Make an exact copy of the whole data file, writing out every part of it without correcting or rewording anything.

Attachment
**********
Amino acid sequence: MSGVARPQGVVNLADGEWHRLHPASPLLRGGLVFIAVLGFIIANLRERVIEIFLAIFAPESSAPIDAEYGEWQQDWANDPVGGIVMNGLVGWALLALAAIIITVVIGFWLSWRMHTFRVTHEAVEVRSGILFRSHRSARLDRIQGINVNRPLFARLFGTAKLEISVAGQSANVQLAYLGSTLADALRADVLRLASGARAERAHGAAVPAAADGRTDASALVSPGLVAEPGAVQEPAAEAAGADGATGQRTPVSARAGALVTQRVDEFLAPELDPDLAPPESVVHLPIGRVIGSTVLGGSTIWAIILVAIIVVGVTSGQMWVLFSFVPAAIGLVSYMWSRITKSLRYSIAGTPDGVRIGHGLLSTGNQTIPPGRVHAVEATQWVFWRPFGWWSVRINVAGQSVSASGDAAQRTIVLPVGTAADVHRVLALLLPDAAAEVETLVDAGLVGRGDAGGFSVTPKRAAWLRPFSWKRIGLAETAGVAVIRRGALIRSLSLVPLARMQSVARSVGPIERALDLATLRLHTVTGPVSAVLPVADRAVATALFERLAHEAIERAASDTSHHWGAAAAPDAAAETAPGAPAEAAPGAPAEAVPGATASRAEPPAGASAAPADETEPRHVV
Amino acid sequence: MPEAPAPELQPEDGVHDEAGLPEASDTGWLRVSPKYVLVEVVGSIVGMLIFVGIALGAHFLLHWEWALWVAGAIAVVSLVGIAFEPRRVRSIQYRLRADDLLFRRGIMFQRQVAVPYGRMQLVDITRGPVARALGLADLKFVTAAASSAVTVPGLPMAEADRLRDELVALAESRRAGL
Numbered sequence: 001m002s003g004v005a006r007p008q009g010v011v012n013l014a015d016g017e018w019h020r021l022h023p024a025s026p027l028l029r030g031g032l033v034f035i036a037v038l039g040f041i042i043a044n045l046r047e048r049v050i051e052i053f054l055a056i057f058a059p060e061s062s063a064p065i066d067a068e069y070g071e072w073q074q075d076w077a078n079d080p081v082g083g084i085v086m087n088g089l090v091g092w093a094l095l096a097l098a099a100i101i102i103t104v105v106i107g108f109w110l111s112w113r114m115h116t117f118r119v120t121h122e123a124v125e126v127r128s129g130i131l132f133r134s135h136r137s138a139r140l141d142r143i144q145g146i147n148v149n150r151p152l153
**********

Amino acid sequence: MSGVARPQGVVNLADGEWHRLHPASPLLRGGLVFIAVLGFIIANLRERVIEIFLAIFAPESSAPIDAEYGEWQQDWANDPVGGIVMNGLVGWALLALAAIIITVVIGFWLSWRMHTFRVTHEAVEVRSGILFRSHRSARLDRIQGINVNRPLFARLFGTAKLEISVAGQSANVQLAYLGSTLADALRADVLRLASGARAERAHGAAVPAAADGRTDASALVSPGLVAEPGAVQEPAAEAAGADGATGQRTPVSARAGALVTQRVDEFLAPELDPDLAPPESVVHLPIGRVIGSTVLGGSTIWAIILVAIIVVGVTSGQMWVLFSFVPAAIGLVSYMWSRITKSLRYSIAGTPDGVRIGHGLLSTGNQTIPPGRVHAVEATQWVFWRPFGWWSVRINVAGQSVSASGDAAQRTIVLPVGTAADVHRVLALLLPDAAAEVETLVDAGLVGRGDAGGFSVTPKRAAWLRPFSWKRIGLAETAGVAVIRRGALIRSLSLVPLARMQSVARSVGPIERALDLATLRLHTVTGPVSAVLPVADRAVATALFERLAHEAIERAASDTSHHWGAAAAPDAAAETAPGAPAEAAPGAPAEAVPGATASRAEPPAGASAAPADETEPRHVV
Amino acid sequence: MPEAPAPELQPEDGVHDEAGLPEASDTGWLRVSPKYVLVEVVGSIVGMLIFVGIALGAHFLLHWEWALWVAGAIAVVSLVGIAFEPRRVRSIQYRLRADDLLFRRGIMFQRQVAVPYGRMQLVDITRGPVARALGLADLKFVTAAASSAVTVPGLPMAEADRLRDELVALAESRRAGL
Numbered sequence: 001m002s003g004v005a006r007p008q009g010v011v012n013l014a015d016g017e018w019h020r021l022h023p024a025s026p027l028l029r030g031g032l033v034f035i036a037v038l039g040f041i042i043a044n045l046r047e048r049v050i051e052i053f054l055a056i057f058a059p060e061s062s063a064p065i066d067a068e069y070g071e072w073q074q075d076w077a078n079d080p081v082g083g084i085v086m087n088g089l090v091g092w093a094l095l096a097l098a099a100i101i102i103t104v105v106i107g108f109w110l111s112w113r114m115h116t117f118r119v120t121h122e123a124v125e126v127r128s129g130i131l132f133r134s135h136r137s138a139r140l141d142r143i144q145g146i147n148v149n150r151p152l153